Adelphia agrees to relocate wires in Stanford

May 20, 2004|EMILY BURTON

STANFORD - One of the last delays in Stanford's Main Street improvement project was removed Tuesday after weeks of struggle between city officials and Adelphia Cable.

The project, to beautify Main Street by removing all its utility lines, repairing sidewalks and adding new light fixtures, was delayed this month by Adelphia Cable. Adelphia's cable lines were the last remaining wires still hanging on Main Street's poles. Adelphia officials said the city would have to pay $11,000 for the company to relocate its cables behind buildings.

Relocation costs such as this had been negotiated out of the cable contract during its signing in 1999, said Mayor Eddie Carter.

The lawyer responsible for negotiating the city's cable contract, Linda Ain, confirmed that the relocation fees had been struck from the contract and advised against the city paying for that work. "She said absolutely not, don't pay them," said city attorney Carol Hill.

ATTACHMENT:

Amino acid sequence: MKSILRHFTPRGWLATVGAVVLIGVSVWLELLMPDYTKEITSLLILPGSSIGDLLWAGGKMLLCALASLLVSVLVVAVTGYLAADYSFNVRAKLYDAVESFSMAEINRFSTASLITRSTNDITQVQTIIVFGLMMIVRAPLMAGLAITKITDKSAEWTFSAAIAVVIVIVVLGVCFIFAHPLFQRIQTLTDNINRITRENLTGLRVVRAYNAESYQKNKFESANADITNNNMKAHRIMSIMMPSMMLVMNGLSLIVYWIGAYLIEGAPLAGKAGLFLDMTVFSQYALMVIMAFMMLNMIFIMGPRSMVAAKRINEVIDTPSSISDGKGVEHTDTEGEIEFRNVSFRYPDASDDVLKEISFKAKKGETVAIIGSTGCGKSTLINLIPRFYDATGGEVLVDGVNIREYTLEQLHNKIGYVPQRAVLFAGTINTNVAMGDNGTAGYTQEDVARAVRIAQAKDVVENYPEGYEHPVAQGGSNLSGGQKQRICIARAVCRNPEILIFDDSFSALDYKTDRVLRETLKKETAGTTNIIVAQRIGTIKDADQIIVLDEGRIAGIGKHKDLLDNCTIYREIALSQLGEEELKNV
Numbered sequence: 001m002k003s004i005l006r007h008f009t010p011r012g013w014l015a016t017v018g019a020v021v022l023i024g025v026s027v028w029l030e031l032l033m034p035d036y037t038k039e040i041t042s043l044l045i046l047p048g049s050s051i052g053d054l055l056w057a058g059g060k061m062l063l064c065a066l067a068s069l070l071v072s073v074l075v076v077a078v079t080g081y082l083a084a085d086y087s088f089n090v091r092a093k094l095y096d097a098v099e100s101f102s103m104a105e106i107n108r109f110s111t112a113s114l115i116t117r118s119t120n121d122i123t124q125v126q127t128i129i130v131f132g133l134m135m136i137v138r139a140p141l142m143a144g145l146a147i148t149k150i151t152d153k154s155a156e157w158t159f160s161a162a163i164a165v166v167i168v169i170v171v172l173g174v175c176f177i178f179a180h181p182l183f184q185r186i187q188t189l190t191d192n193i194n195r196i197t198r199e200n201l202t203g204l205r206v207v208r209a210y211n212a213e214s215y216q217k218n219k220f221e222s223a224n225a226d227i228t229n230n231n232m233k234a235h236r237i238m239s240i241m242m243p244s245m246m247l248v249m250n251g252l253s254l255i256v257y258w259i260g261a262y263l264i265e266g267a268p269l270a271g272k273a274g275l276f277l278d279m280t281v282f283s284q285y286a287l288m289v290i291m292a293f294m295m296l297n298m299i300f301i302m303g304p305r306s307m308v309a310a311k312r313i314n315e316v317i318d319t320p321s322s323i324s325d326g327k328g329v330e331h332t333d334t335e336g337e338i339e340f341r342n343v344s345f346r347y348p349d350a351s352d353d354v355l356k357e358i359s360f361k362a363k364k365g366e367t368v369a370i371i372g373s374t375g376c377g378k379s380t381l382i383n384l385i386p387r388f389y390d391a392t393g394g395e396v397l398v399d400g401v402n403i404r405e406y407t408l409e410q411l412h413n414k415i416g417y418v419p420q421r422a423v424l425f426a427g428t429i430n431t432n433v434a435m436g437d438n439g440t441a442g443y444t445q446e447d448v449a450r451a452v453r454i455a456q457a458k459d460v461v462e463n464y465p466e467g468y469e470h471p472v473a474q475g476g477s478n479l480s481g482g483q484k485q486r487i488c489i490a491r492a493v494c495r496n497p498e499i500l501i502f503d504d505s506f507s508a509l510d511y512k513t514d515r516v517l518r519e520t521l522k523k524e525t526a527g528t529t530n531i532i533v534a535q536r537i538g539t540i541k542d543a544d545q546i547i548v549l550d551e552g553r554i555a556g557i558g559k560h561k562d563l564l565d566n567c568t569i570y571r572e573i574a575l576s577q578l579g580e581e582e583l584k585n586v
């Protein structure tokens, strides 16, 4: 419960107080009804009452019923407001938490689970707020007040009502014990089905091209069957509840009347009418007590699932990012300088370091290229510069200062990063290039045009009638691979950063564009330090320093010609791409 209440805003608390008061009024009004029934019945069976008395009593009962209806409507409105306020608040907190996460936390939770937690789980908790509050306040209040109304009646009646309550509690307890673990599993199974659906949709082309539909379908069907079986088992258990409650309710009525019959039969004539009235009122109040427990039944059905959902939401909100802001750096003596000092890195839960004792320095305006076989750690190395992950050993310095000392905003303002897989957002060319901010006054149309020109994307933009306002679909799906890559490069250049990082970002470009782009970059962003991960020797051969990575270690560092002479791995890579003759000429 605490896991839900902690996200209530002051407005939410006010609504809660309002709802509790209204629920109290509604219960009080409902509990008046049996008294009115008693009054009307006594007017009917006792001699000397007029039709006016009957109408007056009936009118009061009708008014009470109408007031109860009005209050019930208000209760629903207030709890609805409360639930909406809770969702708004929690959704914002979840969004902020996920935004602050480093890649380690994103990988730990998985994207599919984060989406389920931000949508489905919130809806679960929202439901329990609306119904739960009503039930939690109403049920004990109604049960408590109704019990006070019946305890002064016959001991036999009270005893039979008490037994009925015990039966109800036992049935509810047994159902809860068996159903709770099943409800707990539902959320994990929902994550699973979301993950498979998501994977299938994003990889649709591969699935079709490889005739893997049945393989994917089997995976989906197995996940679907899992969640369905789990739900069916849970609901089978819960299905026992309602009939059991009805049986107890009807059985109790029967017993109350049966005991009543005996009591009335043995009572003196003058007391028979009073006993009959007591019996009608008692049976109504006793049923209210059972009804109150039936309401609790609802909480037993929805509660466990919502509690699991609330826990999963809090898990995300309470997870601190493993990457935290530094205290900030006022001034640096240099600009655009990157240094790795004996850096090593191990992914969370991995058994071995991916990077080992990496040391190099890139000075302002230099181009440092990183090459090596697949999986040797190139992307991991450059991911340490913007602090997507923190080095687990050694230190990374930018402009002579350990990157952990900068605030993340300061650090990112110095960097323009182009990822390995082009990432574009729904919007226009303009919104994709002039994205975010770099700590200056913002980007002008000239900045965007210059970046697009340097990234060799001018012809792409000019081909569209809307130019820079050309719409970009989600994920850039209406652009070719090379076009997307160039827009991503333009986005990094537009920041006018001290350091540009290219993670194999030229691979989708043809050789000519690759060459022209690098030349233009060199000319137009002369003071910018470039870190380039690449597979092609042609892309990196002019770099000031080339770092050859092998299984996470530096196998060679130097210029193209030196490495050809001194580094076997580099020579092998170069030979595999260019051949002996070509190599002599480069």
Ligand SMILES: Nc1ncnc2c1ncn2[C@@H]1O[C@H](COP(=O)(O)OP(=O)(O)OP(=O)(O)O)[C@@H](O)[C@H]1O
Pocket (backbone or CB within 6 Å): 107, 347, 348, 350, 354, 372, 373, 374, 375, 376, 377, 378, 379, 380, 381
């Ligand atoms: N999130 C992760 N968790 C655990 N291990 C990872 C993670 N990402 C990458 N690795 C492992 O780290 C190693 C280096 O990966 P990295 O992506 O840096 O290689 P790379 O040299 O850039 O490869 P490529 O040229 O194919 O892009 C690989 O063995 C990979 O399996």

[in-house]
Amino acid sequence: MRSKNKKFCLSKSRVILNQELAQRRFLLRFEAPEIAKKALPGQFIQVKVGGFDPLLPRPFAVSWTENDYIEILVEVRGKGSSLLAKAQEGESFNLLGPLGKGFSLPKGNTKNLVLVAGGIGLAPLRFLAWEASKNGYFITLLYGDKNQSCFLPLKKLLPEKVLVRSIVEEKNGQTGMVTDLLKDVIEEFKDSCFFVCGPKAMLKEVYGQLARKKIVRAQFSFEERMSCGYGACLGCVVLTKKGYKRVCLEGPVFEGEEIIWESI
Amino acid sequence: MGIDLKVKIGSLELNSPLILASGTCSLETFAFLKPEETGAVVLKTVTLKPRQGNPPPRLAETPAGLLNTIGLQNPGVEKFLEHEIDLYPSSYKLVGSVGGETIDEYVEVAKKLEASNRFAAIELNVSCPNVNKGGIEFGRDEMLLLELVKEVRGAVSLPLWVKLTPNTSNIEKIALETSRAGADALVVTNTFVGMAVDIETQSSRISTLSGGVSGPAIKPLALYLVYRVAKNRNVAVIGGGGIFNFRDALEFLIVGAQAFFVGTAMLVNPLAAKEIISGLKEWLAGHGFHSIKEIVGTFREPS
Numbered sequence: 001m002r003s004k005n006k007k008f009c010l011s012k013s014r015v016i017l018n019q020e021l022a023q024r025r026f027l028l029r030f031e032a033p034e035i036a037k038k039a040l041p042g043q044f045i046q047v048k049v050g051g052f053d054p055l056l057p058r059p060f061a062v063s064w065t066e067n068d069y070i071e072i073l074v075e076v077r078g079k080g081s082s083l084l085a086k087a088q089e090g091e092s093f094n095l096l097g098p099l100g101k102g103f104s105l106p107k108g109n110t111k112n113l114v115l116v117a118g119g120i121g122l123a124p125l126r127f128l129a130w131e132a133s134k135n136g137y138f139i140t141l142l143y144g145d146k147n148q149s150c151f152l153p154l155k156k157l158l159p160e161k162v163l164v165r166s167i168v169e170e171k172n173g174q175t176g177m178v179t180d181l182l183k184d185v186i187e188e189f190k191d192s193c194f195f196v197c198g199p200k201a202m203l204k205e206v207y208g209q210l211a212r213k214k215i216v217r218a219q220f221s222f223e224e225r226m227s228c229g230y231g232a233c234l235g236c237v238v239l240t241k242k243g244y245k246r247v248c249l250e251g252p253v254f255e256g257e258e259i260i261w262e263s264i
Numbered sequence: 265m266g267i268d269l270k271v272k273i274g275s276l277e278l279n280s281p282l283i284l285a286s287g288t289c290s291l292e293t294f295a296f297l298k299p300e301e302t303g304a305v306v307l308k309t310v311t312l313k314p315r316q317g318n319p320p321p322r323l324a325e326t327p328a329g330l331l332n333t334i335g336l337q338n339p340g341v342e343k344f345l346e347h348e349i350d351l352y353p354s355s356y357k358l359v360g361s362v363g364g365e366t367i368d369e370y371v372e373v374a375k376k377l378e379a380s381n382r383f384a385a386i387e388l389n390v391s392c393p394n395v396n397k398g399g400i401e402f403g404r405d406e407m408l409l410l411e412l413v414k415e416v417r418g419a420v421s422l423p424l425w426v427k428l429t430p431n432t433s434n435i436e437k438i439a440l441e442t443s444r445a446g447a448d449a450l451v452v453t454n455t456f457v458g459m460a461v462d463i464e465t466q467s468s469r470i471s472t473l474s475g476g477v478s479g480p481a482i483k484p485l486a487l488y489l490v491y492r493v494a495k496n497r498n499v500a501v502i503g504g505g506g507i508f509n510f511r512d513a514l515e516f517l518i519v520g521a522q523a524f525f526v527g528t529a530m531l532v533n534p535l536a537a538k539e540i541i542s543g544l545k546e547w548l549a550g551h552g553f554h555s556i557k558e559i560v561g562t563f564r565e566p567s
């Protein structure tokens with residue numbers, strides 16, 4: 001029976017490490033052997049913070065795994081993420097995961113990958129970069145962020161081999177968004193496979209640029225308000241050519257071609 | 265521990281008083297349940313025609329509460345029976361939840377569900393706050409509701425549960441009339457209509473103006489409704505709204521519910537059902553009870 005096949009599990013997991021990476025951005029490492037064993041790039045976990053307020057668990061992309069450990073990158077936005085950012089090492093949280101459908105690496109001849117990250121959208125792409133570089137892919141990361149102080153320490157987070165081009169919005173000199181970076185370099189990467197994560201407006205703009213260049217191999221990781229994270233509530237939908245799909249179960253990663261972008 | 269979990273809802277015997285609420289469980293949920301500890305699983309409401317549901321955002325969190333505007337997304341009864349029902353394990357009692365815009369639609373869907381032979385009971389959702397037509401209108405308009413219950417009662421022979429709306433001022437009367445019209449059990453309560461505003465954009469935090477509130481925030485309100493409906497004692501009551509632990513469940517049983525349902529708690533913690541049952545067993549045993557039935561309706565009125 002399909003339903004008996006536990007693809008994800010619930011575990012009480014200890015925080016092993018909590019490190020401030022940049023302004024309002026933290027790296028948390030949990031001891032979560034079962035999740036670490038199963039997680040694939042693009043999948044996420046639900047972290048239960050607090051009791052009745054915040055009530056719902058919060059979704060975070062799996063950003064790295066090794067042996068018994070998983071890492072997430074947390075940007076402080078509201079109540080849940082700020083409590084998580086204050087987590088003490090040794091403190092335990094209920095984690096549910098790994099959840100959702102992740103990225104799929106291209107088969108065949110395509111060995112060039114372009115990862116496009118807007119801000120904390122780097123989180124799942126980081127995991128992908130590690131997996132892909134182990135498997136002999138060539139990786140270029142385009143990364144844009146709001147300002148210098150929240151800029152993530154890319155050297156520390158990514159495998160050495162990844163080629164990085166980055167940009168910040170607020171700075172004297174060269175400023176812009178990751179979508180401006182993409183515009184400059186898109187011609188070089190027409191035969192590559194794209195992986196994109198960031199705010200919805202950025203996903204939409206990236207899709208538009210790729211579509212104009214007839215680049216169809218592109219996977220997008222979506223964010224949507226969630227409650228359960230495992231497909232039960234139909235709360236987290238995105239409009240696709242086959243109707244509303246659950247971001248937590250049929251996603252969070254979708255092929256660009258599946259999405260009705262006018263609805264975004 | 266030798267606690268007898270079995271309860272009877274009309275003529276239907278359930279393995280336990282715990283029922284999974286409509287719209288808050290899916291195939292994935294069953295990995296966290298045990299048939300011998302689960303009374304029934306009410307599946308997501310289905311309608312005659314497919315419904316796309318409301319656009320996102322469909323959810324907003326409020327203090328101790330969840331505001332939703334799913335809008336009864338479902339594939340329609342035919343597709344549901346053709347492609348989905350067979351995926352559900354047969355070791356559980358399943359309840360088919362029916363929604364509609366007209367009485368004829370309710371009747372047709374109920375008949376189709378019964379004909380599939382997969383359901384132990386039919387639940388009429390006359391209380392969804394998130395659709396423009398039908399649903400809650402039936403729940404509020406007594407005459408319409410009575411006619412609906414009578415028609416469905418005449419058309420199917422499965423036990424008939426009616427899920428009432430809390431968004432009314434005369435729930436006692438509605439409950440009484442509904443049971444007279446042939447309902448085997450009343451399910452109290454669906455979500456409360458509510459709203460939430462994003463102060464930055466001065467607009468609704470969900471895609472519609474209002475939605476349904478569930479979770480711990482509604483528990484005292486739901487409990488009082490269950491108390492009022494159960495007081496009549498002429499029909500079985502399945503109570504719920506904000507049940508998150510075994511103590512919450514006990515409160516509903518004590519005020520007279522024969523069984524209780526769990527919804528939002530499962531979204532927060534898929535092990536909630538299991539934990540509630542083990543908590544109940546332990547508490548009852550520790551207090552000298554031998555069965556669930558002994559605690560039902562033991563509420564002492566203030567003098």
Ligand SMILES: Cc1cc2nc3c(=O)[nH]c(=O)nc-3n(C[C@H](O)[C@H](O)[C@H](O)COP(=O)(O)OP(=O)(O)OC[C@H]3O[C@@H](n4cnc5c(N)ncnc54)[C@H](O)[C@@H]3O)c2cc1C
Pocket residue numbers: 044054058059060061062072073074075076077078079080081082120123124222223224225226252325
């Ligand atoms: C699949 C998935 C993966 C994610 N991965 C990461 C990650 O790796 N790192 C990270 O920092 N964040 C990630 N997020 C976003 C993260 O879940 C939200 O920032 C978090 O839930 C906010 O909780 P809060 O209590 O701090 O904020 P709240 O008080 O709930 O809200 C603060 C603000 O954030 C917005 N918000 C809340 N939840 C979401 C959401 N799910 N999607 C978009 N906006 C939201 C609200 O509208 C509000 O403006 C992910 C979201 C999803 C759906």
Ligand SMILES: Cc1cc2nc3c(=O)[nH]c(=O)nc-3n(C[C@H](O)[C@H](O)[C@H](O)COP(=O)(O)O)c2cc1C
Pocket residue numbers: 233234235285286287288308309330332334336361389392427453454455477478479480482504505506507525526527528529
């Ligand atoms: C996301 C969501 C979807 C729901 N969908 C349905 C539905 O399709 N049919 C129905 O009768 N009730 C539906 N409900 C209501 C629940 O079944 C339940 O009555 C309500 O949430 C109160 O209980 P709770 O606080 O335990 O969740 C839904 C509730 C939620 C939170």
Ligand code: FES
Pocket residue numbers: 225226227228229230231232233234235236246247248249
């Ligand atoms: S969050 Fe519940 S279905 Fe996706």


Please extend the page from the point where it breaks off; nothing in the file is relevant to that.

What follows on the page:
After notifying Adelphia on April 22 of the impending relocation, the company insisted for weeks that the city pay the relocation fee, said Carter.

"(Tuesday) they finally admitted they were responsible for incurring the cost of taking the cable down," said Carter.

"Normally we do get paid for that," said Jerry Marnell, Adelphia area director of engineering. "But in the franchise negotiations back in 1999, we negotiated that out. That was a misunderstanding on our part."

Hope to remove utility poles by June 1

Council members now have turned their focus on expediting the relocation, with hopes to remove all of the utility poles on Main Street by June 1.

A resolution to enforce Adelphia's timely compliance with the agreed relocation was passed by the city council at Wednesday's special meeting. The two-page document states that non-compliance of the move will result in legal action by the city against the cable provider.

The resolution has the teeth needed to prod Adelphia into action, said council members at the meeting.

"We don't want it three years down the road, we want it done now," said member Ann Booth.

"This should be a kick-start" to speed the lagging relocation, said Hill.

Adelphia's lines will be the last utility removed from the poles before they, too, are moved, said Carter. After the utility move, the street repair project will focus on mending sidewalks and pavement, replacing antique water lines and adding new light fixtures. Carter said he hoped the lights would be up by the first of July.

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